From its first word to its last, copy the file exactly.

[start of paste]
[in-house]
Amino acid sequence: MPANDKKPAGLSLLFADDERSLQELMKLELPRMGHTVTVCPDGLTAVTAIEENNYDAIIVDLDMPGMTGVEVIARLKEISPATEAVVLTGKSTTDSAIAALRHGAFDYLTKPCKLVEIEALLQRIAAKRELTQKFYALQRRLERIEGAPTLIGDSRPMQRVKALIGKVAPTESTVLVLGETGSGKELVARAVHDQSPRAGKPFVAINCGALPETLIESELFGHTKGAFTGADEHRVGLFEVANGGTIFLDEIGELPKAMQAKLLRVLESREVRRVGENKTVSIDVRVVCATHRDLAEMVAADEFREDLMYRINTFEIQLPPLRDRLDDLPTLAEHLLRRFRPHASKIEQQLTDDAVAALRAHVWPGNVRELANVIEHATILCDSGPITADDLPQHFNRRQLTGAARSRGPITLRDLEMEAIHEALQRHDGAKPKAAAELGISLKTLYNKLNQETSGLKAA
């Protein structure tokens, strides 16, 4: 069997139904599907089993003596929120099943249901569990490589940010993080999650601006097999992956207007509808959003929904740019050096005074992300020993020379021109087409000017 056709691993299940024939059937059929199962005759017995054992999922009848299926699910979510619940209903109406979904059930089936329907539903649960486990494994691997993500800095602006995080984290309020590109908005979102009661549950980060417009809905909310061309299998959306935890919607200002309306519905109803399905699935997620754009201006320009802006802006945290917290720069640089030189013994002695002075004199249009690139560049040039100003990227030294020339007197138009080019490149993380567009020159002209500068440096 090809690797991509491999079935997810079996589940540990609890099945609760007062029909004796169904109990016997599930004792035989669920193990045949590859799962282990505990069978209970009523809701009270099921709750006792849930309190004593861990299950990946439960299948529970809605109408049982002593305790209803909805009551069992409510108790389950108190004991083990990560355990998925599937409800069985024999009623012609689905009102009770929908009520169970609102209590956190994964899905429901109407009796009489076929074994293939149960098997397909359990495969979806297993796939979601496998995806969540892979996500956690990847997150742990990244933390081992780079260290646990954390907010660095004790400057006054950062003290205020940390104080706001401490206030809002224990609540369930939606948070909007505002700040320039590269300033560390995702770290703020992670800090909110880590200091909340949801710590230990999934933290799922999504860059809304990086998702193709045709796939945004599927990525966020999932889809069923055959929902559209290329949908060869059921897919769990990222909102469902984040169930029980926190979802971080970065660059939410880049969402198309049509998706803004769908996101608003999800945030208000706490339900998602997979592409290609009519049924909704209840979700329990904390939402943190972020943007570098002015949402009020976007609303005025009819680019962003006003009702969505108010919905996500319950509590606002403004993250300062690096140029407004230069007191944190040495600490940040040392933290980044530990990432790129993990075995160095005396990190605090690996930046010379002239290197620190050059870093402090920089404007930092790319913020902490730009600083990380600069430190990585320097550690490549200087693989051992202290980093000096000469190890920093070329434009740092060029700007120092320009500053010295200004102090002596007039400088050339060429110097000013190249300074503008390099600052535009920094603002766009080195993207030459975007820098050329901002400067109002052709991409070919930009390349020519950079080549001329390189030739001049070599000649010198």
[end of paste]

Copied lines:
[in-house]
Amino acid sequence: MPANDKKPAGLSLLFADDERSLQELMKLELPRMGHTVTVCPDGLTAVTAIEENNYDAIIVDLDMPGMTGVEVIARLKEISPATEAVVLTGKSTTDSAIAALRHGAFDYLTKPCKLVEIEALLQRIAAKRELTQKFYALQRRLERIEGAPTLIGDSRPMQRVKALIGKVAPTESTVLVLGETGSGKELVARAVHDQSPRAGKPFVAINCGALPETLIESELFGHTKGAFTGADEHRVGLFEVANGGTIFLDEIGELPKAMQAKLLRVLESREVRRVGENKTVSIDVRVVCATHRDLAEMVAADEFREDLMYRINTFEIQLPPLRDRLDDLPTLAEHLLRRFRPHASKIEQQLTDDAVAALRAHVWPGNVRELANVIEHATILCDSGPITADDLPQHFNRRQLTGAARSRGPITLRDLEMEAIHEALQRHDGAKPKAAAELGISLKTLYNKLNQETSGLKAA
């Protein structure tokens, strides 16, 4: 069997139904599907089993003596929120099943249901569990490589940010993080999650601006097999992956207007509808959003929904740019050096005074992300020993020379021109087409000017 056709691993299940024939059937059929199962005759017995054992999922009848299926699910979510619940209903109406979904059930089936329907539903649960486990494994691997993500800095602006995080984290309020590109908005979102009661549950980060417009809905909310061309299998959306935890919607200002309306519905109803399905699935997620754009201006320009802006802006945290917290720069640089030189013994002695002075004199249009690139560049040039100003990227030294020339007197138009080019490149993380567009020159002209500068440096 090809690797991509491999079935997810079996589940540990609890099945609760007062029909004796169904109990016997599930004792035989669920193990045949590859799962282990505990069978209970009523809701009270099921709750006792849930309190004593861990299950990946439960299948529970809605109408049982002593305790209803909805009551069992409510108790389950108190004991083990990560355990998925599937409800069985024999009623012609689905009102009770929908009520169970609102209590956190994964899905429901109407009796009489076929074994293939149960098997397909359990495969979806297993796939979601496998995806969540892979996500956690990847997150742990990244933390081992780079260290646990954390907010660095004790400057006054950062003290205020940390104080706001401490206030809002224990609540369930939606948070909007505002700040320039590269300033560390995702770290703020992670800090909110880590200091909340949801710590230990999934933290799922999504860059809304990086998702193709045709796939945004599927990525966020999932889809069923055959929902559209290329949908060869059921897919769990990222909102469902984040169930029980926190979802971080970065660059939410880049969402198309049509998706803004769908996101608003999800945030208000706490339900998602997979592409290609009519049924909704209840979700329990904390939402943190972020943007570098002015949402009020976007609303005025009819680019962003006003009702969505108010919905996500319950509590606002403004993250300062690096140029407004230069007191944190040495600490940040040392933290980044530990990432790129993990075995160095005396990190605090690996930046010379002239290197620190050059870093402090920089404007930092790319913020902490730009600083990380600069430190990585320097550690490549200087693989051992202290980093000096000469190890920093070329434009740092060029700007120092320009500053010295200004102090002596007039400088050339060429110097000013190249300074503008390099600052535009920094603002766009080195993207030459975007820098050329901002400067109002052709991409070919930009390349020519950079080549001329390189030739001049070599000649010198």